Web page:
4. LoadAlphaBlend - loads a texture with a specular mask texture and blending texture, used to make things like reflection effects
Syntax: LoadAlphaBlend filename, specular_filename, blend_filename, name, spherical, tile_x, tile_y[, force]
Example: LoadAlphaBlend data/windows.jpg, data/windows_spec.png, data/sky.jpg, mywindows, true, 1, 1
This example will load the texture windows.jpg normally, and will load windows_spec.png as a specular mask (which needs to be a file that contains an alpha blended image that is used to determine how the blending texture applies to the original texture), and loads a texture to blend as sky.jpg (see Skyscraper's data folder for examples of this). The spherical parameter determines if the texture is spherically mapped (true) or planar mapped (false). The values tile_x and tile_y are per-texture multipliers. For example, if you set tile_x to 2, and you specify a texture width (tw) of 2 during an AddFloor command later, the tiling value will be 4 (2 times 2), and the texture will be repeated 4 times horizontally. The force value is optional, and if set to false, autosizing will always be disabled for this texture; if set to true, autosizing will always be enabled.

5. LoadMaterial - loads a custom OGRE material, used for advanced/specific texture definitions
Syntax: LoadMaterial material_name, name, tile_x, tile_y[, force]
Example: LoadMaterial testmat, mycustommaterial, 1, 1
Material definitions (and their associated textures) are stored in Skyscraper's data/materials folder, and are all automatically loaded on startup. The material definitions (the example being testmat.material) contain a material name along with the texture processing parameters. The material name specified in this command needs to match the one in the material definition you want to use; the example file is named "testmat". Name is the standard texture name you want to map it to, to use with other commands. The other commands are the same as in previous commands. For more information on how to make material definition scripts, see the OGRE manual's "Material Scripts" section.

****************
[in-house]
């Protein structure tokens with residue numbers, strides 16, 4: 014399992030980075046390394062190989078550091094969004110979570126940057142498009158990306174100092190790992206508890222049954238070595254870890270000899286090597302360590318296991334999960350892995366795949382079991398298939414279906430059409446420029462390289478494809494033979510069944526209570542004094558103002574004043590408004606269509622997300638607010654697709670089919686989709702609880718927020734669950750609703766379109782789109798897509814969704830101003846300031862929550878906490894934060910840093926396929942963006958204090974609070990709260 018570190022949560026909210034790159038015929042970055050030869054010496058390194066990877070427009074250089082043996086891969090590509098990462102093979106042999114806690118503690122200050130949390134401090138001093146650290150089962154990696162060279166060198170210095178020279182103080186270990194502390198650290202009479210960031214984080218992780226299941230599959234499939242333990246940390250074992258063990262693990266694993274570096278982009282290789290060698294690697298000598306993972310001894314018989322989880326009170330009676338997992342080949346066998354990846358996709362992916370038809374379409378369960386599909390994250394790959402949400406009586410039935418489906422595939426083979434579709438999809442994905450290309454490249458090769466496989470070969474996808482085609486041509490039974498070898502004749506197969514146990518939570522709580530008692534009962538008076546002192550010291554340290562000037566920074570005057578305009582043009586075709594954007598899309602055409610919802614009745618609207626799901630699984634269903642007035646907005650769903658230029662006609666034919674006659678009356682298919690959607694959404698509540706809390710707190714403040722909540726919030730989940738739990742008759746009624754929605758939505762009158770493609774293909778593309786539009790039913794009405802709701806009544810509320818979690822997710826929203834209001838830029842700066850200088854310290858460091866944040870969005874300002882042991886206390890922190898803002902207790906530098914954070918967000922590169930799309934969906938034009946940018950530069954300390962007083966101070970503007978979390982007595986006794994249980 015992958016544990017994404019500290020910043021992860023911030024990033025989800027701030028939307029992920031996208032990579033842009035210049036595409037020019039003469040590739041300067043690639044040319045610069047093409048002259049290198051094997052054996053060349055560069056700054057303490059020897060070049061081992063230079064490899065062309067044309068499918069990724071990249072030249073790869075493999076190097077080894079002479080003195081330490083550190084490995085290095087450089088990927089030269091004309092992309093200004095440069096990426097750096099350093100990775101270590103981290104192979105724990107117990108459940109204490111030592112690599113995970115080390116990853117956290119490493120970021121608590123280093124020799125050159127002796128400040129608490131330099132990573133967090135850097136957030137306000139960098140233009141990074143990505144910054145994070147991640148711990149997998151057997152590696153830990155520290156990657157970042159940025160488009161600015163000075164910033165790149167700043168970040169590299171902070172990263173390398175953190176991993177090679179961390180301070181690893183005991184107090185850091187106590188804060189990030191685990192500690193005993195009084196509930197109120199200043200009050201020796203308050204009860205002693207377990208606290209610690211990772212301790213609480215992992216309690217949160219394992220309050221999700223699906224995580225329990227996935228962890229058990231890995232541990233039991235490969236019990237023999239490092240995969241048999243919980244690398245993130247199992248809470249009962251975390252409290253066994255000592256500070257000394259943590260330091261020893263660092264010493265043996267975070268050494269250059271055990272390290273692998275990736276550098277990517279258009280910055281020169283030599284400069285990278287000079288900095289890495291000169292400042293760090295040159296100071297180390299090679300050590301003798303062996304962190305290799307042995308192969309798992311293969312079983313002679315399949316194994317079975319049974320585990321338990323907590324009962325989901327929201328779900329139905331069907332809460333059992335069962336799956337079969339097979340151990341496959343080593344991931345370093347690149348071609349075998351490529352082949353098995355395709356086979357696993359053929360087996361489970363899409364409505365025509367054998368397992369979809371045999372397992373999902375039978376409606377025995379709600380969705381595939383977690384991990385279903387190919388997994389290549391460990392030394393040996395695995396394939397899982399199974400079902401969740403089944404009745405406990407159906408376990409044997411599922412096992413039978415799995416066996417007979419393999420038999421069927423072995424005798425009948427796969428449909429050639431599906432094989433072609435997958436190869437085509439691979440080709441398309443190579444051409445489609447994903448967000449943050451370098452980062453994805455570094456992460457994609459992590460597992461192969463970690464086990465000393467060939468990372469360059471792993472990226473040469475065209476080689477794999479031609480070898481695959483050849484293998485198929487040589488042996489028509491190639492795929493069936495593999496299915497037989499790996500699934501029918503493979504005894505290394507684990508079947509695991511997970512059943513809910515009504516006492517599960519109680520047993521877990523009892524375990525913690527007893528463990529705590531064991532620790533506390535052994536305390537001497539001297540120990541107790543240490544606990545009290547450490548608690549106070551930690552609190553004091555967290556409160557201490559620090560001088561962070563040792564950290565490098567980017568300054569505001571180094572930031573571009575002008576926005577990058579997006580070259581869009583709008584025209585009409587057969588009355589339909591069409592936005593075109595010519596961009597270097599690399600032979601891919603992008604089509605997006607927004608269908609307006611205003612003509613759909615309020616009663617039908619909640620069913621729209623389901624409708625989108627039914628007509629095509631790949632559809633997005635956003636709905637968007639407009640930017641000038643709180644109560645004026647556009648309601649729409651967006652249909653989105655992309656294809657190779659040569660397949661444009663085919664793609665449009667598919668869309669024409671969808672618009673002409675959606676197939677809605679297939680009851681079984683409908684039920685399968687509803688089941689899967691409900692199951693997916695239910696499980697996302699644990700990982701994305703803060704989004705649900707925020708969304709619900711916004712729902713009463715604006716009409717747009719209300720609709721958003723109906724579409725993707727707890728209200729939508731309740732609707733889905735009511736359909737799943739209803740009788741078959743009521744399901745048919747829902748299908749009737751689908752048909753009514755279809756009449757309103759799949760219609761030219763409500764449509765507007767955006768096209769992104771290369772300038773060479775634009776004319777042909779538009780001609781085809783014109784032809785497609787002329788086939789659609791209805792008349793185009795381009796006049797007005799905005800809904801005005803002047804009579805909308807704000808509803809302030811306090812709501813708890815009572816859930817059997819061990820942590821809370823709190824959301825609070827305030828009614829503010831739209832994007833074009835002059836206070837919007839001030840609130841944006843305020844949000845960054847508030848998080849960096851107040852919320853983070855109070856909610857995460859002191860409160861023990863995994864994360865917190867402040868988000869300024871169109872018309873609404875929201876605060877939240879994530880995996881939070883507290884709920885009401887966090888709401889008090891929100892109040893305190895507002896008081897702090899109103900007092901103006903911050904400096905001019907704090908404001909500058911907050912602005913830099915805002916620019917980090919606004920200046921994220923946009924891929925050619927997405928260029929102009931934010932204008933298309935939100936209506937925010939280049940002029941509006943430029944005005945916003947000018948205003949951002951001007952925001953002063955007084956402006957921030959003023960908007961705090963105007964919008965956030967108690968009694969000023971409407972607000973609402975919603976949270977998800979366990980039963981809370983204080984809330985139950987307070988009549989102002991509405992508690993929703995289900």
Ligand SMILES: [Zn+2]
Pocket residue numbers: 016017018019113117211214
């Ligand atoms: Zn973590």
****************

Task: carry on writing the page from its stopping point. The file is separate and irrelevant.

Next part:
6. AddText - draws text onto a texture - this only creates a new texture during runtime (in memory), and all changes are lost when the application shuts down
Syntax: AddText texture_name, name, font_filename, font_size, text, x1, y1, x2, y2, h_align, v_align, ColorR, ColorG, ColorB[, force]
Example: AddText Black, Button100, nimbus_sans.ttf, 47, 100, -1, -1, -1, -1, center, center, 255, 255, 255

With this command, texture_name is the name of the previously loaded texture to draw text onto (loaded with either Load or LoadRange). Name is the name to call this new texture. Font_filename is the filename of the font to use - fonts are in Skyscraper's data/fonts directory. X1, y1, x2, and y2 are coordinate values mainly used to position the text in a boxed area, with the position of 0, 0 (x 0, y 0) being on the top left.. If any value is -1, the dimension of the texture will be used (so in this example, the loaded texture has a size of 128x128 pixels, and so the values are 0, 0, 128, 128). This will place the text in the center of the texture image, but to position it elsewhere, specify the pixel box to place it in. H_align and v_align determine the alignment of the text - for h_align, it can either be "left", "right" or "center", and for v_align either "top", "bottom" or "center". ColorR, ColorG and ColorB determine the color of the text, and the values range from 0 to 255. If all values are 255, the text is white, and if all values are 0, then it's black. The force value is optional, and if set to false, autosizing will always be disabled for this texture; if set to true, autosizing will always be enabled.